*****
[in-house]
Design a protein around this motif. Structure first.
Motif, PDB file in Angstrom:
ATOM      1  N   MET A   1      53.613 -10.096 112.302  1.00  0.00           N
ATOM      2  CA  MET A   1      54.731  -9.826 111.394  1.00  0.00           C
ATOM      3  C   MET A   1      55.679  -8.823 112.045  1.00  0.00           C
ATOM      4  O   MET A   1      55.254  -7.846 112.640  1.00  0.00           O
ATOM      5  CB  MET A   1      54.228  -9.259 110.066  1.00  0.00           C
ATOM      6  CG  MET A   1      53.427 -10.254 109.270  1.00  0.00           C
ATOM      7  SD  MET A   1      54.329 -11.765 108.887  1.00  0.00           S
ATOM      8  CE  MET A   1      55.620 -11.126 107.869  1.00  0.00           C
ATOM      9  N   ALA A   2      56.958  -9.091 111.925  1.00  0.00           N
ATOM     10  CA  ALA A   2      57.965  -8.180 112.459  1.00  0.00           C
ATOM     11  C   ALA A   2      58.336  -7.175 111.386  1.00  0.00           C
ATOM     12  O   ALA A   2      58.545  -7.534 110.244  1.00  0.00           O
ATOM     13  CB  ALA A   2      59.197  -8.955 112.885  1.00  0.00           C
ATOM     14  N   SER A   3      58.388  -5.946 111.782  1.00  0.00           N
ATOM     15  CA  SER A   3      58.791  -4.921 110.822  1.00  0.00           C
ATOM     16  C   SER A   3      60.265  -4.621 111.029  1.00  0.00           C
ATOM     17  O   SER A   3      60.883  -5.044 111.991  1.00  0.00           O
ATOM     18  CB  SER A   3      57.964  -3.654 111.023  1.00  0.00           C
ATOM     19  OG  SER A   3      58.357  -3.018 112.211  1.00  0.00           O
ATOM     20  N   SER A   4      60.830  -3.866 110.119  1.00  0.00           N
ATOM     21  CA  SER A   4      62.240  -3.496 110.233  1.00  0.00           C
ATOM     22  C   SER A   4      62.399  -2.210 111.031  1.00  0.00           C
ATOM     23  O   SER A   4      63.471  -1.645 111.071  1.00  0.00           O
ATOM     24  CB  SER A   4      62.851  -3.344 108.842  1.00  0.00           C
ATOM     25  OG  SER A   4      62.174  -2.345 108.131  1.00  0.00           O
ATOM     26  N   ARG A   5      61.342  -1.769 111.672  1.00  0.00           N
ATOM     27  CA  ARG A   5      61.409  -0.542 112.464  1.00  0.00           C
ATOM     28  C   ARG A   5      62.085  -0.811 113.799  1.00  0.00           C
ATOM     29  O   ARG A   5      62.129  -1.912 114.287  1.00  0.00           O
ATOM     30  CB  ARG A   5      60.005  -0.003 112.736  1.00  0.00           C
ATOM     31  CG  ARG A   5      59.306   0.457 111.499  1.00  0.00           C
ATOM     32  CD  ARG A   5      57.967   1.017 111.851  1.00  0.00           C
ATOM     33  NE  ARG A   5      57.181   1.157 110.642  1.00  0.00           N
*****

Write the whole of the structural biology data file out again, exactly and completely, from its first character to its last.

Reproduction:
[in-house]
Design a protein around this motif. Structure first.
Motif, PDB file in Angstrom:
ATOM      1  N   MET A   1      53.613 -10.096 112.302  1.00  0.00           N
ATOM      2  CA  MET A   1      54.731  -9.826 111.394  1.00  0.00           C
ATOM      3  C   MET A   1      55.679  -8.823 112.045  1.00  0.00           C
ATOM      4  O   MET A   1      55.254  -7.846 112.640  1.00  0.00           O
ATOM      5  CB  MET A   1      54.228  -9.259 110.066  1.00  0.00           C
ATOM      6  CG  MET A   1      53.427 -10.254 109.270  1.00  0.00           C
ATOM      7  SD  MET A   1      54.329 -11.765 108.887  1.00  0.00           S
ATOM      8  CE  MET A   1      55.620 -11.126 107.869  1.00  0.00           C
ATOM      9  N   ALA A   2      56.958  -9.091 111.925  1.00  0.00           N
ATOM     10  CA  ALA A   2      57.965  -8.180 112.459  1.00  0.00           C
ATOM     11  C   ALA A   2      58.336  -7.175 111.386  1.00  0.00           C
ATOM     12  O   ALA A   2      58.545  -7.534 110.244  1.00  0.00           O
ATOM     13  CB  ALA A   2      59.197  -8.955 112.885  1.00  0.00           C
ATOM     14  N   SER A   3      58.388  -5.946 111.782  1.00  0.00           N
ATOM     15  CA  SER A   3      58.791  -4.921 110.822  1.00  0.00           C
ATOM     16  C   SER A   3      60.265  -4.621 111.029  1.00  0.00           C
ATOM     17  O   SER A   3      60.883  -5.044 111.991  1.00  0.00           O
ATOM     18  CB  SER A   3      57.964  -3.654 111.023  1.00  0.00           C
ATOM     19  OG  SER A   3      58.357  -3.018 112.211  1.00  0.00           O
ATOM     20  N   SER A   4      60.830  -3.866 110.119  1.00  0.00           N
ATOM     21  CA  SER A   4      62.240  -3.496 110.233  1.00  0.00           C
ATOM     22  C   SER A   4      62.399  -2.210 111.031  1.00  0.00           C
ATOM     23  O   SER A   4      63.471  -1.645 111.071  1.00  0.00           O
ATOM     24  CB  SER A   4      62.851  -3.344 108.842  1.00  0.00           C
ATOM     25  OG  SER A   4      62.174  -2.345 108.131  1.00  0.00           O
ATOM     26  N   ARG A   5      61.342  -1.769 111.672  1.00  0.00           N
ATOM     27  CA  ARG A   5      61.409  -0.542 112.464  1.00  0.00           C
ATOM     28  C   ARG A   5      62.085  -0.811 113.799  1.00  0.00           C
ATOM     29  O   ARG A   5      62.129  -1.912 114.287  1.00  0.00           O
ATOM     30  CB  ARG A   5      60.005  -0.003 112.736  1.00  0.00           C
ATOM     31  CG  ARG A   5      59.306   0.457 111.499  1.00  0.00           C
ATOM     32  CD  ARG A   5      57.967   1.017 111.851  1.00  0.00           C
ATOM     33  NE  ARG A   5      57.181   1.157 110.642  1.00  0.00           N